Onegai! Samia-don! ("Please, Mr. Psammead!") is an animated adaptation of Edith Nesbit's novel Five Children and It, set in the rural England of The '80s. It begins with the Turner siblings (the teenaged Simon/Sil, the pre-teens Robert and Jane, and the baby Babe) finding an odd creature named the Psammead that can grant them wishes lasting for a whole day; from then on the siblings and their neighbor, a teen girl named Anne Hopkins, start living an odd life full of adventures granted by the Psammead's magic...
More than a little reminiscent of Doraemon, the series in itself had 78 episodes, was produced by TMS Entertainment (then known as Tokyo Movie), and ran from 1985 to 1986 in NHK Channel. It was broadcasted in several countries (almost all of Latin-America, Italy, France, Russia and the French part of Canada, among others), but not in the USA, with only a few fansubbed episodes available in English.
Onegai Samia-don' provides examples of the following:
- Adapted Out: Anthea doesn't appear, though Anne could be said to take up her role.
- A Day in the Limelight: Being a TV series, some episodes were more centered on one or two kids than the others. i.e., a whole and surprisingly serious one was dedicated to Anne and the Psammead alone, exploring the world behind the mirrors.
- Animesque: The series is this trope in reverse. This series is anime, but the character designs are very Western-looking, fittingly as the series takes place in England.
- Butt Monkeys: Sil and Jane tended to have their wishes backfire on them repeteadly (With Robert often being caught in the middle...)
- Canon Foreigner: Anne Hopkins was created specially for the series. Same goes to Harry, Michael, Mr. Matthews, etc.
- Commander Contrarian: Jane was the kid who disagreed the most about the wishes and prospect wishes.
- Dub Name Change: The Psammead is known as Sablotin in the French language version. Most of the other kids' names were left intact or changed only slightly.
- Fish People: One episode had Robert asking the Psammead to transform him into a merman.
- Glory Hound: Harry, a local kid who notices the odd antics of the children and tries to find out what's going on so he can reveal the reasons behind it and become famous.
- Grumpy Old Man: The Psammead was more of this than a trickster, with some dashes of Dirty Old Man in between.
- Hormone-Addled Teenager: Sil was aged up to early-to-mid teens, and showed more than one shade of this. In one episode he asks the Psammead to turn him into a clone of Anne so he could impersonate Anne and scare away a boy who was interested in her (it didn't work), and in another he was furious when the Psammead got to give Anne a kiss.
- I Have Boobs, You Must Obey!: Sorta. Anne knew very clearly that the Psammead had a soft spot for her, so whenever she wanted something specific from him she'd act cutesy and super sweet to get him to do things the way she wanted.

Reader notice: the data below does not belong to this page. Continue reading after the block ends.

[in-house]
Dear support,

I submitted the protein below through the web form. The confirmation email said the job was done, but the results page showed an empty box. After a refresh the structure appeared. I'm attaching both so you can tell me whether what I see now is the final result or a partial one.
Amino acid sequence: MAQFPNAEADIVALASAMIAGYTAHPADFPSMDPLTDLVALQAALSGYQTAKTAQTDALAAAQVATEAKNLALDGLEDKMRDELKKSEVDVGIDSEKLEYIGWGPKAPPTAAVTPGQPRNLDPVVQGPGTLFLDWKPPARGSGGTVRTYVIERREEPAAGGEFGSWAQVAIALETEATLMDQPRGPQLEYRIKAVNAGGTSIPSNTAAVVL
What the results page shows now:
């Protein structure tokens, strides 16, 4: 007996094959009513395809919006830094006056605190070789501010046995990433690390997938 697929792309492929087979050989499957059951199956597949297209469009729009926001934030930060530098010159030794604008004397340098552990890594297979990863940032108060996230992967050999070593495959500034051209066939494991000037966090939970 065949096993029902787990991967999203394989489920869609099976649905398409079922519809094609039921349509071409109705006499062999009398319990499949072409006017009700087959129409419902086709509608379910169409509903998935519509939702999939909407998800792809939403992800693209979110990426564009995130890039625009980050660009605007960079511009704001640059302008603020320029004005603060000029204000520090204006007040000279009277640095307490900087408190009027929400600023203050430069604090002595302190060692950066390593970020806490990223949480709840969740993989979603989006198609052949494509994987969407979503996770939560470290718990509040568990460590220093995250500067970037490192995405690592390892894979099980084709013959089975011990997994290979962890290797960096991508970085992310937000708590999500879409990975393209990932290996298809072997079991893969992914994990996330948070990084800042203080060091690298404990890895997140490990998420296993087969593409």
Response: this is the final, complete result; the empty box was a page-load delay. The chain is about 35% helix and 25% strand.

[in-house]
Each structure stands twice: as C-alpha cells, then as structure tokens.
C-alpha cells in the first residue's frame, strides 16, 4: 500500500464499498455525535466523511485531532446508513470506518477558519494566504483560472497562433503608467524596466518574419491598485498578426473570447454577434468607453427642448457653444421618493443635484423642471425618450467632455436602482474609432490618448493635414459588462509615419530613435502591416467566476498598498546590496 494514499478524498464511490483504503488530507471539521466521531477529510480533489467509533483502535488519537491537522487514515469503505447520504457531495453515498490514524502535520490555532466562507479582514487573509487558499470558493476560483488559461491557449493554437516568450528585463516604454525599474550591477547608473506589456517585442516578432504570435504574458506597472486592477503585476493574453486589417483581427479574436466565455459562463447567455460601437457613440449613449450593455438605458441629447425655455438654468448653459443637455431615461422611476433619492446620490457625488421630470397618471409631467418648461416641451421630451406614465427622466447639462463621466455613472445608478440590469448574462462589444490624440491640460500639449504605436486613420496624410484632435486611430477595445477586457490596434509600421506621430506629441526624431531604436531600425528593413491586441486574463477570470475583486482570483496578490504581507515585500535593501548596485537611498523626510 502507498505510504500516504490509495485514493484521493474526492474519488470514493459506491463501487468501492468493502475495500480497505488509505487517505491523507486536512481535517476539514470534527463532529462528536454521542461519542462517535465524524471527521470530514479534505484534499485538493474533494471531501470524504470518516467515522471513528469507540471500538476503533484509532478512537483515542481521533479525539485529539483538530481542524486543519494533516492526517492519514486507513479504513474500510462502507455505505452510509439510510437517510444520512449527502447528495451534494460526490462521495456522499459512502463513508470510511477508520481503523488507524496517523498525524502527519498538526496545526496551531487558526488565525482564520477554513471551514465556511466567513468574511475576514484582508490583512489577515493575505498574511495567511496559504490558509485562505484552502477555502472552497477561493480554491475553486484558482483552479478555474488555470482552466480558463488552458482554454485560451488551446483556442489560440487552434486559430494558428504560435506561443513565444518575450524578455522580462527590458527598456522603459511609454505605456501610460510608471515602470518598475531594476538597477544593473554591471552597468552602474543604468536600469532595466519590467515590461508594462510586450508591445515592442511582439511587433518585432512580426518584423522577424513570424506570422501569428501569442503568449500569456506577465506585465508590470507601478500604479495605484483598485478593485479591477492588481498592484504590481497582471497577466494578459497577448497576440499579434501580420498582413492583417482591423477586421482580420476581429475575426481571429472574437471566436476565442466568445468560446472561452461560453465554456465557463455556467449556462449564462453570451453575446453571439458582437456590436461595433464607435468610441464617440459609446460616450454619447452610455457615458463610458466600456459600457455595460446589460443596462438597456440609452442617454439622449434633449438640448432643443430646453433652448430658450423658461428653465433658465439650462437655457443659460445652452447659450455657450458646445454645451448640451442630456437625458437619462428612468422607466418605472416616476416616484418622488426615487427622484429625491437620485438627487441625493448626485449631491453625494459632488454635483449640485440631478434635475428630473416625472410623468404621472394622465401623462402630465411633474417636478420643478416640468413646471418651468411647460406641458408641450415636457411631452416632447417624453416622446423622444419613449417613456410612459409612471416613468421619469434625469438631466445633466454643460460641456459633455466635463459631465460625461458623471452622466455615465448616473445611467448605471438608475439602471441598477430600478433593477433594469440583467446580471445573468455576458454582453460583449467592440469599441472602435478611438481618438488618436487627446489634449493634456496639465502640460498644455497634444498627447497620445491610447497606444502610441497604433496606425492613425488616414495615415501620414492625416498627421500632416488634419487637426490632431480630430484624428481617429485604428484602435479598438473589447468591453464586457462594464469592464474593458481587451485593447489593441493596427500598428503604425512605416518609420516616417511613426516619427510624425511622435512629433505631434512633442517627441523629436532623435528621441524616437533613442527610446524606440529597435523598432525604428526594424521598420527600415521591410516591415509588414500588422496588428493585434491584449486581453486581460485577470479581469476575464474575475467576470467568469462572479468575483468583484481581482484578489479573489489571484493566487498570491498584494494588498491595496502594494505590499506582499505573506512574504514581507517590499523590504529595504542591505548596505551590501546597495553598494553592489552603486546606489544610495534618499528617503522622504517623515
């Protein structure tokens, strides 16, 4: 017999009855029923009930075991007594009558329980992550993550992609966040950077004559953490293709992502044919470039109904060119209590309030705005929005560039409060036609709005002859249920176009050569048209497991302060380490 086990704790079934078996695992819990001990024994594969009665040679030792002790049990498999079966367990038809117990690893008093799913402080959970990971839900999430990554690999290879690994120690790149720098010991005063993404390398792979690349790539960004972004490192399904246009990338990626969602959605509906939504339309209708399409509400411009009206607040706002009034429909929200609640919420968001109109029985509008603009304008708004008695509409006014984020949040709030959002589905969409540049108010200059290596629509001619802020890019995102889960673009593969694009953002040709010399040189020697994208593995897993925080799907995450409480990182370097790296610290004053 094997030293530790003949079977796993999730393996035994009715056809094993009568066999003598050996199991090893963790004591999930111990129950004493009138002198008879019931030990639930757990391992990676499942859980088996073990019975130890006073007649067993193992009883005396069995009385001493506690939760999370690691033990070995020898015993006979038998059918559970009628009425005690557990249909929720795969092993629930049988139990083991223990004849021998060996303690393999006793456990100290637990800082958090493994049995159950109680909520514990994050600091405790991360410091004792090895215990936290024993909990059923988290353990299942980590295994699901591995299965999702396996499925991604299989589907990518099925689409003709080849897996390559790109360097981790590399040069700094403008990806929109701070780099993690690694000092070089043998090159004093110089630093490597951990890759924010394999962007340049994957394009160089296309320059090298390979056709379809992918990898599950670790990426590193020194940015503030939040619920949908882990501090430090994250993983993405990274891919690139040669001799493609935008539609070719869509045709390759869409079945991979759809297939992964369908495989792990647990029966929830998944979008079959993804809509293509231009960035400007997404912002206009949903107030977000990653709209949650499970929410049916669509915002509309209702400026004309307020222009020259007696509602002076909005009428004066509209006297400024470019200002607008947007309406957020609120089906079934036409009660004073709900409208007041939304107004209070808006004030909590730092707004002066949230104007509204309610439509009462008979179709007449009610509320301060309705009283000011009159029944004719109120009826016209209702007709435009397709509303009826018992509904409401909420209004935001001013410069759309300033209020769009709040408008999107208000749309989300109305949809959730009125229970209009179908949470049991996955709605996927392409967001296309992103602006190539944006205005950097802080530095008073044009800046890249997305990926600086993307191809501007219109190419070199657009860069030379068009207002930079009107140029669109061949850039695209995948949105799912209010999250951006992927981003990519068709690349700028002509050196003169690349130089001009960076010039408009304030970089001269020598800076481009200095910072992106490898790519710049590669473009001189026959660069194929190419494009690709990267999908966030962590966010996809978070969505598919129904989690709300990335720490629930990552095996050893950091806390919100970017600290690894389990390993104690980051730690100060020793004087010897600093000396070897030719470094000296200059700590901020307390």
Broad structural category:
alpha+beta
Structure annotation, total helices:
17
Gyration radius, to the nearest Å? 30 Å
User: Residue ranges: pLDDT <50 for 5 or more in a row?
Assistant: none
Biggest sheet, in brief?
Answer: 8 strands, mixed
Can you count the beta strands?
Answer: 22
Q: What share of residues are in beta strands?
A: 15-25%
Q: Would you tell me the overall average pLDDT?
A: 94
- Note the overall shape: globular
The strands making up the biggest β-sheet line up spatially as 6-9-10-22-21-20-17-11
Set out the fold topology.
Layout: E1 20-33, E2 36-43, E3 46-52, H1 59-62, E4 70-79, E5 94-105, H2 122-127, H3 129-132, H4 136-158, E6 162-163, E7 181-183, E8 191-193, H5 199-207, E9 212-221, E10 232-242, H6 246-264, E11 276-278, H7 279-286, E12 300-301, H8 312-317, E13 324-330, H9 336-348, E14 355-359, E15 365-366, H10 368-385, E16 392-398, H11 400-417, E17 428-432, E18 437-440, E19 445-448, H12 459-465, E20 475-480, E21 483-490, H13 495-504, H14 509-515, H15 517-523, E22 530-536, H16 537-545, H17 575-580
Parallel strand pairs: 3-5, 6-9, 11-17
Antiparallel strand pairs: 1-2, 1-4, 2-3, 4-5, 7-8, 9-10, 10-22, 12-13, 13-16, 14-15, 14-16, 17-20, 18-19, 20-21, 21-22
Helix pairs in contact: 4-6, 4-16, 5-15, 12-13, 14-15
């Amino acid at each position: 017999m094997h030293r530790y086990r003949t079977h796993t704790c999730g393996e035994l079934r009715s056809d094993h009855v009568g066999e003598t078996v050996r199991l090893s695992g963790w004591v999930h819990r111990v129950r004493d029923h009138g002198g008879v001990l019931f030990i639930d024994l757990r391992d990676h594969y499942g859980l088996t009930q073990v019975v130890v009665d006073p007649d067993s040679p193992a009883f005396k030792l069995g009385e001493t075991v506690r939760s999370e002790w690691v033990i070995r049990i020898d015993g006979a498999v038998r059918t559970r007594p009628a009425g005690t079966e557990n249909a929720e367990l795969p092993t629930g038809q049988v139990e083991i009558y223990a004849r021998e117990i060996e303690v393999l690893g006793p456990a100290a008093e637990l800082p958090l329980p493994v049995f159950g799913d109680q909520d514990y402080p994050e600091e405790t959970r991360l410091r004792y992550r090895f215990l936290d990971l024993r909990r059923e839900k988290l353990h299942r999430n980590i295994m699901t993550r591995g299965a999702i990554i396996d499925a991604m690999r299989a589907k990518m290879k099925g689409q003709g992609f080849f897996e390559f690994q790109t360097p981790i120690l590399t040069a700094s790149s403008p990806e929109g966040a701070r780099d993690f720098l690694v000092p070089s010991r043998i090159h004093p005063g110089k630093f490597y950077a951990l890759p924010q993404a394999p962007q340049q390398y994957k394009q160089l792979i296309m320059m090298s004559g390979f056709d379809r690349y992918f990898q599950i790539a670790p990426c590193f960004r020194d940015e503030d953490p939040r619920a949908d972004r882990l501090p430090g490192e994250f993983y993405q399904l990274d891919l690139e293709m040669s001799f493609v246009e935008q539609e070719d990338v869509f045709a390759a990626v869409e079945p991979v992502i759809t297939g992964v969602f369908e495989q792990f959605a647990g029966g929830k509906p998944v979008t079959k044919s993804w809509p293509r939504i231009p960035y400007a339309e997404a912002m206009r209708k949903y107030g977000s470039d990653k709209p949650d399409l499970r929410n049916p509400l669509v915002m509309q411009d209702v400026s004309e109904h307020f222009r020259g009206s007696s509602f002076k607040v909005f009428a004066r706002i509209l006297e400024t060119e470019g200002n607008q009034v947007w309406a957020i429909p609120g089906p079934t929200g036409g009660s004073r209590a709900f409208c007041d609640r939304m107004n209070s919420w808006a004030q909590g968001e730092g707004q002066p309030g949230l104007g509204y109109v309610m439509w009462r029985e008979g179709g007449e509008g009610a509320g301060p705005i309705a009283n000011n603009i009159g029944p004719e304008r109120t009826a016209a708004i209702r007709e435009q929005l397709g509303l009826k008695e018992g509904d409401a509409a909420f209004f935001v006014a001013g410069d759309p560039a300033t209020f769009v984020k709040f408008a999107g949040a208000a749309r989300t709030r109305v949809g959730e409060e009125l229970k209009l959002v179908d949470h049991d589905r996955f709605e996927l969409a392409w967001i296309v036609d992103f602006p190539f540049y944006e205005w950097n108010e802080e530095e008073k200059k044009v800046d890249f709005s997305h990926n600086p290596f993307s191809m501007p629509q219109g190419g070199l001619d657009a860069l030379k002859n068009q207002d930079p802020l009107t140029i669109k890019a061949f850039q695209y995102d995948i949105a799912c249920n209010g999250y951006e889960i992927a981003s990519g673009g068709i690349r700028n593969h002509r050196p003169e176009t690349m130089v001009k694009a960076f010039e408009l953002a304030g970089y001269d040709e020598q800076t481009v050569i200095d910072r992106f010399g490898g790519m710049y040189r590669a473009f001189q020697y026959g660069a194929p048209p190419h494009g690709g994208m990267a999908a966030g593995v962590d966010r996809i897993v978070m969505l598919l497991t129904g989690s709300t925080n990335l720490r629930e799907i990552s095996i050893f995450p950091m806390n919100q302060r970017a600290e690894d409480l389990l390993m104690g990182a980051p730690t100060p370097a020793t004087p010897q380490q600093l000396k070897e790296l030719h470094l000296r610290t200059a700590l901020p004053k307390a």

- Love Triangle: Simon/Sil and a local rich boy, Michael, were rivals for an oblivious Anne's affections.
- Only Known by Their Nickname: The eldest boy "Sil" is actually named "Simon", but no one refers to him as such. Except in the French dub, where he is only referred to as Simon.
- Parents as People: The siblings's parents do care for them, but are very busy with work (Mr. Turner) and housekeeping/taking care of the family's baby (Mrs. Turner).
- Polar Penguins: When the kids want to go to the Arctic but the Psammead doesn't want to take them there for obvious reasons, he uses magic to recreate it without having water nearby. It obviously includes many adorable penguins.
- Pragmatic Adaptation: Cyril's name is changed to Simon/Sil since "Cyril" is quite antiquated in modern times, the siblings are given a surname ("Turner"), Anthea is Adapted Out and her in-story role is taken up by Canon Foreigner Anne Hopkins, and the setting was quite more modern.
- Setting Update: The books were set in Edwardian England, the series in the England of The '80s.
- Sibling Rivalry: Sil and Jane fought quite a bit, and Sil also was kind of a Big Brother Bully to Robert
- Sick Episode: In one episode Grandma Turner is sick, so a worried Jane asks the Psammead to send her to the Blue Coast for the day. Cue to the Psammead and Jane having to stand-in for her so people won't find out she's gone...
- Takenfor Granite: Sort-of. The Psammead once mistakenly believes that Anne wants to become a crystal statue... and transforms her into one. The Turners have to work hard to hide Anne-the-statue until the magic wears off.
- Tiny Tyrannical Girl: Jane had more than one inkling of this, being small and pudgy but very stubborn and prone to tantrums when things didn't go her way... which always sent the Psammead into fits since her tears could potentially kill him.
- Trademark Favorite Food: The Psammead had a weakness for eating car tires.